Monasteries and hippos

We took a minibus on a four hour drive from Gonder to Bahir Dar, which is a little town next to Lake Tana.  That afternoon we watched the pelicans down at Mango Bar by the lakefront – the pelicans congregate outside the bar and it’s a popular place for a juice or a coffee.

 

 

Pelicans chilling
Pelicans chilling

 

The next morning we went on a boat ride on Lake Tana to visit some of the monasteries that are on islands and peninsulas.  We landed on a peninsula and walked through coffee groves to one of the churches.  Reubs and I decided not to pay to go into each church, but just to a couple of them as they have become quite expensive to visit.  It is a constant balance for us while travelling to work out where to spend money and where to save money! We went inside Ura Kidane Meret and one other church, where we saw beautiful art and an ancient illustrated book.  We skipped another church, and were unable to go into a fourth as it was closed, but we really enjoyed motoring around the lake.

 

 

One of the churches
One of the churches

 

One of the traditional boats
A traditional boat

 

Some of the art inside the church
Some of the art inside the church

 

More beautiful art
More beautiful art

 

One of the ancient books
One of the ancient books

 

The highlight of the boat trip was at the outlet of the Blue Nile, where we saw three hippos in the water – two parents and a baby. I was a little concerned that they would attack, but the hippo family was fairly chilled and left our boat alone.  It was awesome to see hippos in their natural habitat.

 

 

Hippos in the water
Hippos in the water

 

Cruising back to Bahir Dar
Cruising back to Bahir Dar

 

On our last day we caught a local bus to the nearby village of Tis Isat.  However, we had neglected to take into account that it was a market day – so it took about 2 hours to cover what should have taken 45 minutes as the bus kept stopping to pick people up.  Once at Tis Isat, we were disappointed to learn that the Blue Nile falls had no water running but decided to still do the hike to see them.  (We had been pre-warned that there was significantly less water these days than when I had been there last due to the dam that was built, but we were hoping for some water!)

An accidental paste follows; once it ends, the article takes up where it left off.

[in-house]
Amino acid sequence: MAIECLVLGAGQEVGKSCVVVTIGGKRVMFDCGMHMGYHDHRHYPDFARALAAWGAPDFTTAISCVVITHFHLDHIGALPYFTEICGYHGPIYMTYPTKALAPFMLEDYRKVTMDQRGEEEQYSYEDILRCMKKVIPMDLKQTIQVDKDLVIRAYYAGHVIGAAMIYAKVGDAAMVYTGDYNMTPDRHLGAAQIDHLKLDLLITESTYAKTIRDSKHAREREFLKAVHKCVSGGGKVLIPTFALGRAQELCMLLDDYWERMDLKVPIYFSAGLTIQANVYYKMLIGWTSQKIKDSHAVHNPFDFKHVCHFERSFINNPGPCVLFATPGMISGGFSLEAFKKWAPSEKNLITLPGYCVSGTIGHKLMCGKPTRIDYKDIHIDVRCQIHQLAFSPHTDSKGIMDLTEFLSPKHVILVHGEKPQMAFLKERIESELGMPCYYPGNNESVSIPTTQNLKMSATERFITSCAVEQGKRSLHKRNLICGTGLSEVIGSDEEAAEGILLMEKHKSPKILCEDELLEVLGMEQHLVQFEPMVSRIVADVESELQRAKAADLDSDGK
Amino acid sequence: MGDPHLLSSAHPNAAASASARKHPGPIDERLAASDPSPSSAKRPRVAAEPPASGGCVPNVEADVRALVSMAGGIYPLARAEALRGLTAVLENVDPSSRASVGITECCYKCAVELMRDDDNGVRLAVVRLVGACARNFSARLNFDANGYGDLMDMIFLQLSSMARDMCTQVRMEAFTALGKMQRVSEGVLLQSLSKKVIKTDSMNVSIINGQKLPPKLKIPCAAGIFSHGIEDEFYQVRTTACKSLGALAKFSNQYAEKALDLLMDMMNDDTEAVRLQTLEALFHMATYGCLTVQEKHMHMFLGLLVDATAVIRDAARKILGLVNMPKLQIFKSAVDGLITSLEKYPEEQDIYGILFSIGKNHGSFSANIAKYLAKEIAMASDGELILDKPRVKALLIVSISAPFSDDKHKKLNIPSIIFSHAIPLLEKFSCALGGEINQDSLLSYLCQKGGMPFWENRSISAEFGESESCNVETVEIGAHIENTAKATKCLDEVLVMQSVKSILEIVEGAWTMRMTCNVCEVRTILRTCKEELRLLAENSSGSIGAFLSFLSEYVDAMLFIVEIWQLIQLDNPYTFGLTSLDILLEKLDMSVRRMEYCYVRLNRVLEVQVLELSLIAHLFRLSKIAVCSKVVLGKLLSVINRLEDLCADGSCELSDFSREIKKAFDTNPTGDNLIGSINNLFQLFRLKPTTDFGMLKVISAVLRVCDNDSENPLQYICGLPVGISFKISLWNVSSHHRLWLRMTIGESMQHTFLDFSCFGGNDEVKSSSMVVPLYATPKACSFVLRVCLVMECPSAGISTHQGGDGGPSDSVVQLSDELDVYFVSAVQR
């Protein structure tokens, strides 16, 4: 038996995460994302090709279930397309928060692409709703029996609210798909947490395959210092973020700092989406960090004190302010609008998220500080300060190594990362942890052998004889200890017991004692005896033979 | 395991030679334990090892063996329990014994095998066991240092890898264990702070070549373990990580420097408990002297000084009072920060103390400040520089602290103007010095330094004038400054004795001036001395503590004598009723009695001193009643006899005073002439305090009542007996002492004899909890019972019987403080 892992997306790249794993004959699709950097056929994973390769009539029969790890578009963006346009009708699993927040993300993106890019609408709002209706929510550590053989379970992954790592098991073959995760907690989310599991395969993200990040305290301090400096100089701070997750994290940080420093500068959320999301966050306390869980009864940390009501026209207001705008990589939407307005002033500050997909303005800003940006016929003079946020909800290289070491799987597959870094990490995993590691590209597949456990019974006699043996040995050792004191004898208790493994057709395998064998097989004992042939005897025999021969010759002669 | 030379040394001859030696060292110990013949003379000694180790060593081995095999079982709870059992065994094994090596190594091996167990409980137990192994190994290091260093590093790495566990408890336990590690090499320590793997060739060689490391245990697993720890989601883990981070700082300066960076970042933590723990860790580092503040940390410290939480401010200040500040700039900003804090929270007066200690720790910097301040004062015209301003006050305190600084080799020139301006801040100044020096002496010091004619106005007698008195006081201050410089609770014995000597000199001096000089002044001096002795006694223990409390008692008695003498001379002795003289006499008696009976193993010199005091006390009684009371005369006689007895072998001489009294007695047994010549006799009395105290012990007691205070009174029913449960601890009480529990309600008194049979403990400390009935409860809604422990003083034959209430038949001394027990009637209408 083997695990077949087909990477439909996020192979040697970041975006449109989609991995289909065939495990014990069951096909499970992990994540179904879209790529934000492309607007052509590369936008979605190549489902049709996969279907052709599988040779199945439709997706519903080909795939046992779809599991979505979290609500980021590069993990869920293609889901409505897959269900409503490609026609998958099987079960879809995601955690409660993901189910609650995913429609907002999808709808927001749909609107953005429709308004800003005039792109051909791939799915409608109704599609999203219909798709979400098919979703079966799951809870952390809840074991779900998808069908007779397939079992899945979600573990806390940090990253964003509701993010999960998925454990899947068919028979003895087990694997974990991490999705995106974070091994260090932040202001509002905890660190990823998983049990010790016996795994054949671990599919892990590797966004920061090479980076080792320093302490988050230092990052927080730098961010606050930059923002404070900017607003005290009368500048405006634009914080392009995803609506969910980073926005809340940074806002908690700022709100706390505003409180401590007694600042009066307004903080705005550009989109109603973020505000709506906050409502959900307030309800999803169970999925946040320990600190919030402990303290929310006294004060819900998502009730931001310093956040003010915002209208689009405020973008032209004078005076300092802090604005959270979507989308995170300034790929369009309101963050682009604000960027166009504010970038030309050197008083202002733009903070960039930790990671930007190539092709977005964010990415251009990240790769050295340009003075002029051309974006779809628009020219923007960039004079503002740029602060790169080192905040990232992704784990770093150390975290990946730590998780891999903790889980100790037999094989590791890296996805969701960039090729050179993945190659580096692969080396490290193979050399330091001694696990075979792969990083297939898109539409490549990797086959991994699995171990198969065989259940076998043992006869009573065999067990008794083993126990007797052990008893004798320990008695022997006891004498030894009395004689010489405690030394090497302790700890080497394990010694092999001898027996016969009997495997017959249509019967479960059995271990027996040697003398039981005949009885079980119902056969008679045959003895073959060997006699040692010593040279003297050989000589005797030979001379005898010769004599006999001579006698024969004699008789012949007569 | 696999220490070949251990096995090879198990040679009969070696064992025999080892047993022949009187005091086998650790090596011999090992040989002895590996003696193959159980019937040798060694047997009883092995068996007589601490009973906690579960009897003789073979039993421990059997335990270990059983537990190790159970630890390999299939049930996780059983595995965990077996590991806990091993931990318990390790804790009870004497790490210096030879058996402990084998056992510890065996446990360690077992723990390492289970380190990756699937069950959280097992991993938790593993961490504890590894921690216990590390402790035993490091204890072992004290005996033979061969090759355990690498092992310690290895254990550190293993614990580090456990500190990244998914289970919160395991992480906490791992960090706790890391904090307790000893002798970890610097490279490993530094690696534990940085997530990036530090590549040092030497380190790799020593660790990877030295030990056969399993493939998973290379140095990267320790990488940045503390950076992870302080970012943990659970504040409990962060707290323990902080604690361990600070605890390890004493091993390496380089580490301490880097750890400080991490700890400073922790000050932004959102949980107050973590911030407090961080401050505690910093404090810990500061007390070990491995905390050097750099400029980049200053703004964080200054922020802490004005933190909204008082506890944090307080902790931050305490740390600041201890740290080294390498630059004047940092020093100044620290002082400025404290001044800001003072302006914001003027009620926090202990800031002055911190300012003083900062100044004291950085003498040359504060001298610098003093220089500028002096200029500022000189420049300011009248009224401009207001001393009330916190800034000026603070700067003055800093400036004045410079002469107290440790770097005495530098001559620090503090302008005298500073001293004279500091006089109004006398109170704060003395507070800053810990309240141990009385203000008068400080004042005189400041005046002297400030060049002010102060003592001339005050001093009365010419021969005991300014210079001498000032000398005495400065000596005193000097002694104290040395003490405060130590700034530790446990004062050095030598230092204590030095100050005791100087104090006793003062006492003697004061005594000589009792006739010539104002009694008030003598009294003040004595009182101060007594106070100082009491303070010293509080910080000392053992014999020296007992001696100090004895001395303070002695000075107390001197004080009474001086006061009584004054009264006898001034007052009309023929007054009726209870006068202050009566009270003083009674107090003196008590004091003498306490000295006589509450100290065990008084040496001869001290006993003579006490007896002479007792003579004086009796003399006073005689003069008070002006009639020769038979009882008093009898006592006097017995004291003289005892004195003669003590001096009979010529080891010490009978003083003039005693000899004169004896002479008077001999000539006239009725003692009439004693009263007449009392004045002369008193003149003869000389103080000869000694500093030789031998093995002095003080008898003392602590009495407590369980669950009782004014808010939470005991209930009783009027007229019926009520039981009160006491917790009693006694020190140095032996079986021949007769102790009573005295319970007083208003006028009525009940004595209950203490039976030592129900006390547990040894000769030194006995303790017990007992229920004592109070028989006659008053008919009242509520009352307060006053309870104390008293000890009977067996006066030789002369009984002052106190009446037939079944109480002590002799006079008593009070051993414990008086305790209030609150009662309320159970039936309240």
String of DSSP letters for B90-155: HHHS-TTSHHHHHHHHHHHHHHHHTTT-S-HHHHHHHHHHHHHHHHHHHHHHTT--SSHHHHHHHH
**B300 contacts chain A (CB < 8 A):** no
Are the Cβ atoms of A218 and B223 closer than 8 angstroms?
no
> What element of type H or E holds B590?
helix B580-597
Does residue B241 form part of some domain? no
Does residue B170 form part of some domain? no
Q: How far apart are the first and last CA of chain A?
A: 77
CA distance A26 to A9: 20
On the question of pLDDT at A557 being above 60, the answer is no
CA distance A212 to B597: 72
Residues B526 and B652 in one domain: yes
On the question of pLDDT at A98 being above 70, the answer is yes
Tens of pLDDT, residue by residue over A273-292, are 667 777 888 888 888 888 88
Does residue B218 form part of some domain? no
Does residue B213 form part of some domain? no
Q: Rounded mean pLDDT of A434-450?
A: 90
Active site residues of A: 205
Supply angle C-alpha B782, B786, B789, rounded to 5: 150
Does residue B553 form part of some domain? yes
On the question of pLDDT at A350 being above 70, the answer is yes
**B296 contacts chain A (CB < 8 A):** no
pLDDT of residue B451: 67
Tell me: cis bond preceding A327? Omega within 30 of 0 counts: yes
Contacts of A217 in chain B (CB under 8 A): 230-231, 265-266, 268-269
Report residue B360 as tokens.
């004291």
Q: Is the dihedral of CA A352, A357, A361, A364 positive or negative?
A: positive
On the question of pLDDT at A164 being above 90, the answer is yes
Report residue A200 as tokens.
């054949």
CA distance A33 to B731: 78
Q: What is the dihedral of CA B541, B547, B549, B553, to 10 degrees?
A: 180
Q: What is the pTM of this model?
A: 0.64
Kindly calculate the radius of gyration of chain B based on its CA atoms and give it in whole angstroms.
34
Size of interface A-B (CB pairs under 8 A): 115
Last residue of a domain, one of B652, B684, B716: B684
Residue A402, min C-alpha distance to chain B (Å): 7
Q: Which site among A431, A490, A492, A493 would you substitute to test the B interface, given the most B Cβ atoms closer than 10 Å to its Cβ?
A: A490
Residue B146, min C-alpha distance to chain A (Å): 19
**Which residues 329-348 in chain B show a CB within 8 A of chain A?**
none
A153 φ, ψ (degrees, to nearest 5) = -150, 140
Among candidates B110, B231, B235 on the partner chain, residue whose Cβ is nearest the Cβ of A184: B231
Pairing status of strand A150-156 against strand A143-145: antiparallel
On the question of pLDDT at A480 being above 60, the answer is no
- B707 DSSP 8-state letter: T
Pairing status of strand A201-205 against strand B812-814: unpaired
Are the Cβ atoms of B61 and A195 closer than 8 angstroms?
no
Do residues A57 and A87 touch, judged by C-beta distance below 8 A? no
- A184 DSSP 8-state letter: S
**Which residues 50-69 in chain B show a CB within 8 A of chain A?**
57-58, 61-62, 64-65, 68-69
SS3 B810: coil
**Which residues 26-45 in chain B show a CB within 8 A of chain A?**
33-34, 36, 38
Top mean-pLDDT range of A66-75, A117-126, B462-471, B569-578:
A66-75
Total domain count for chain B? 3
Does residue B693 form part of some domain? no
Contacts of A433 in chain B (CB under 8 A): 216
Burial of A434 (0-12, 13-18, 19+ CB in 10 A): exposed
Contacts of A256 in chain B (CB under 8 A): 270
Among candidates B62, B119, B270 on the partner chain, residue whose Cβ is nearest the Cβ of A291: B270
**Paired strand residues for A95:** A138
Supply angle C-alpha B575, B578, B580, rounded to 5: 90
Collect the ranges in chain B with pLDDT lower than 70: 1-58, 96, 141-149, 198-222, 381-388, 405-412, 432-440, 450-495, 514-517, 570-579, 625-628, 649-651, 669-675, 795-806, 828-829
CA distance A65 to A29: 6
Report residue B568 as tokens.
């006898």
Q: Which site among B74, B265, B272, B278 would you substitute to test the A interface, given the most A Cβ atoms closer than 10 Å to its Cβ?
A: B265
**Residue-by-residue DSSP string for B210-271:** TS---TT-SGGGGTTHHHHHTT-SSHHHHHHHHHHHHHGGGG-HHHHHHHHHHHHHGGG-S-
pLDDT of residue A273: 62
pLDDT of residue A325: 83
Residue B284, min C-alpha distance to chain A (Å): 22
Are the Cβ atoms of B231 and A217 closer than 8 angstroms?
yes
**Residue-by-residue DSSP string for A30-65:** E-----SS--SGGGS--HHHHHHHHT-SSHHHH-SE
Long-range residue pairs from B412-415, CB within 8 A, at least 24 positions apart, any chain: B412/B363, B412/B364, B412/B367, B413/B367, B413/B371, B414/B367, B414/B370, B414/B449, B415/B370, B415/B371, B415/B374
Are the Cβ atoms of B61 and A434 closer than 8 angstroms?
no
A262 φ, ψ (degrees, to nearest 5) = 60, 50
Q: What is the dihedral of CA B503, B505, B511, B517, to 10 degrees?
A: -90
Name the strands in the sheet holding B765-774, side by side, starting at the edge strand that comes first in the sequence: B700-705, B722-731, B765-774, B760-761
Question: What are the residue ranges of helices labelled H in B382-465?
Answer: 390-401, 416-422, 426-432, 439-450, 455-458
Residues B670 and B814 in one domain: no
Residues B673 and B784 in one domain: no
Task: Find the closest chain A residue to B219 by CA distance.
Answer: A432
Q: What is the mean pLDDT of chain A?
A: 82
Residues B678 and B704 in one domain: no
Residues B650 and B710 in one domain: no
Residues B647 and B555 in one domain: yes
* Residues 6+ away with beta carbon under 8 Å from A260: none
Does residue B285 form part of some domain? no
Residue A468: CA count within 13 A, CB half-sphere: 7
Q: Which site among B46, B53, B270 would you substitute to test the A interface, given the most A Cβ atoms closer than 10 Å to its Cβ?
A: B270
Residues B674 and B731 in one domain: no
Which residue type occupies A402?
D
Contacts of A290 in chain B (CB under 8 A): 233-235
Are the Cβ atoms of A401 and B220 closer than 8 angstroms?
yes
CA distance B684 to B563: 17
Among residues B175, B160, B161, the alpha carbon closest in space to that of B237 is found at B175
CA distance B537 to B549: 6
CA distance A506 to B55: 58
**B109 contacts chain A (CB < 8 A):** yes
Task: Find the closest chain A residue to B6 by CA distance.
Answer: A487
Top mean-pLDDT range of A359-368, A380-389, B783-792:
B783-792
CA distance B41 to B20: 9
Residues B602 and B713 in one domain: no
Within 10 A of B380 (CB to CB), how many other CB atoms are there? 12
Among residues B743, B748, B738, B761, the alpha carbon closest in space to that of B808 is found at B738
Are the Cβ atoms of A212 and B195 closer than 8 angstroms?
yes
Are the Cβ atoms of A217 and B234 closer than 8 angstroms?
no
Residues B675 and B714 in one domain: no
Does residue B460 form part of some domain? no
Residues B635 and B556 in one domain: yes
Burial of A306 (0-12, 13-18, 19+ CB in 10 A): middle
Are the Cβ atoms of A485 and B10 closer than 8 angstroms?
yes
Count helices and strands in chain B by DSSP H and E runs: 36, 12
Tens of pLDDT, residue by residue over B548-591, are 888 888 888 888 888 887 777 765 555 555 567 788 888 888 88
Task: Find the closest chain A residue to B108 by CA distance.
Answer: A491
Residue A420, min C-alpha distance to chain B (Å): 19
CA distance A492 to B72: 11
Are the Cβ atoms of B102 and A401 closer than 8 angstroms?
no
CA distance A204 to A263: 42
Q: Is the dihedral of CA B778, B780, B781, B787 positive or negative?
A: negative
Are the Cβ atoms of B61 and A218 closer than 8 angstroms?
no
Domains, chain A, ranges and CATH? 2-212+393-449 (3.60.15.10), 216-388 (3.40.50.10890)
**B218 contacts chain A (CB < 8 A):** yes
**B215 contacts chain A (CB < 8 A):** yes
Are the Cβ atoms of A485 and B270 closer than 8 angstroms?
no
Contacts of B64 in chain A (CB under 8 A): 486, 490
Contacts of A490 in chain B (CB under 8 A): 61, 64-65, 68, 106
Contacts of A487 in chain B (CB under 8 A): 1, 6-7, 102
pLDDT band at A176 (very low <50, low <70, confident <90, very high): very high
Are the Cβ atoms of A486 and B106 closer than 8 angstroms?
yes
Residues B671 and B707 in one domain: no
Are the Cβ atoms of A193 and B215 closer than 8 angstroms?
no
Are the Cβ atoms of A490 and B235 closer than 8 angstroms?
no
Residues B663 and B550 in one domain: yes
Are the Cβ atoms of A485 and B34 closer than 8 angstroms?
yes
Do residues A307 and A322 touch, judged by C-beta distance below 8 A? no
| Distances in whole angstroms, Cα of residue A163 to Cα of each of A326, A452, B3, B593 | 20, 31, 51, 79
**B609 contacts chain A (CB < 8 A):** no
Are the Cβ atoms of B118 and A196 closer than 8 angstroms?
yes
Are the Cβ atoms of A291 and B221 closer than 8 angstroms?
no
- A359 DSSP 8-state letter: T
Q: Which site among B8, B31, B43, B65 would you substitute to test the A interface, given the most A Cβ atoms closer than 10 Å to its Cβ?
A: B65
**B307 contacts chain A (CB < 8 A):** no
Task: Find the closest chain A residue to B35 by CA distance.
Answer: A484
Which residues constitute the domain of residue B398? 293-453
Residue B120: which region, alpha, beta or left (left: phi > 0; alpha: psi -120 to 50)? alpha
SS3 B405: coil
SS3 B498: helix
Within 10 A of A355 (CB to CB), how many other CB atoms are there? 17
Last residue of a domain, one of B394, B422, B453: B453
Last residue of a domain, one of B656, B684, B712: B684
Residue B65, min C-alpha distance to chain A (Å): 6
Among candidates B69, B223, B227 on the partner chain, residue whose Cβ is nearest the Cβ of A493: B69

The falls in 2006
The falls in 2006

 

The falls in 2013
The falls in 2013

 

We walked from the town to the Portugese Bridge, where we crossed and then climbed a hill.  Along the way we met lots of children who asked for “candy? pen? chocolate? money?” Not being big fans of giving to children and not actually taking any of those items hiking, we declined to give them anything. It’s probably a whole different reflection post to write about giving money to children, but this was something we faced throughout Ethiopia.  We were slightly underwhelmed by the actual falls – especially when compared to how I had seen them on my trip seven years earlier!

 

Looking down on market day
Looking down on market day

 

The Portuguese Bridge
The Portuguese Bridge

 

On the swing bridge
On the swing bridge

 

Our boat ride that completed the circuit
Our boat ride that completed the circuit

 

 

We did enjoy the walk across the new suspension bridge, through the local villages and completed the circuit by going back to Tis Isat via local motor boat.  When we got back to Bahir Dar we attempted to book a bus back to Addis Ababa and found out there were none available – so without other options we booked ourselves on a minibus that picked us up at 4:30am the next morning. The minibus was not a fast option – it took us two hours to find enough passengers to leave Bahir Dar, and then another 12 or so to get to Addis Ababa.  The other passengers on the minibus were lovely, showing us how to throw bread to feed the baboons along the way, taking us where we needed to go in Addis and just generally being friendly, but it was still a very long day!

3 Comments Add yours

  1. murray says:

    Amazing artwork at the church. Yes, the falls are a little unwhelming!

    Like

  2. murray says:

    Underwhelming i meant to type on my tablet!

    Like

  3. Mum Bunn says:

    Looks interesting! I like the idea of motoring around Lake Tana. And your then and now photographs of the falls are incredible!!

    Like

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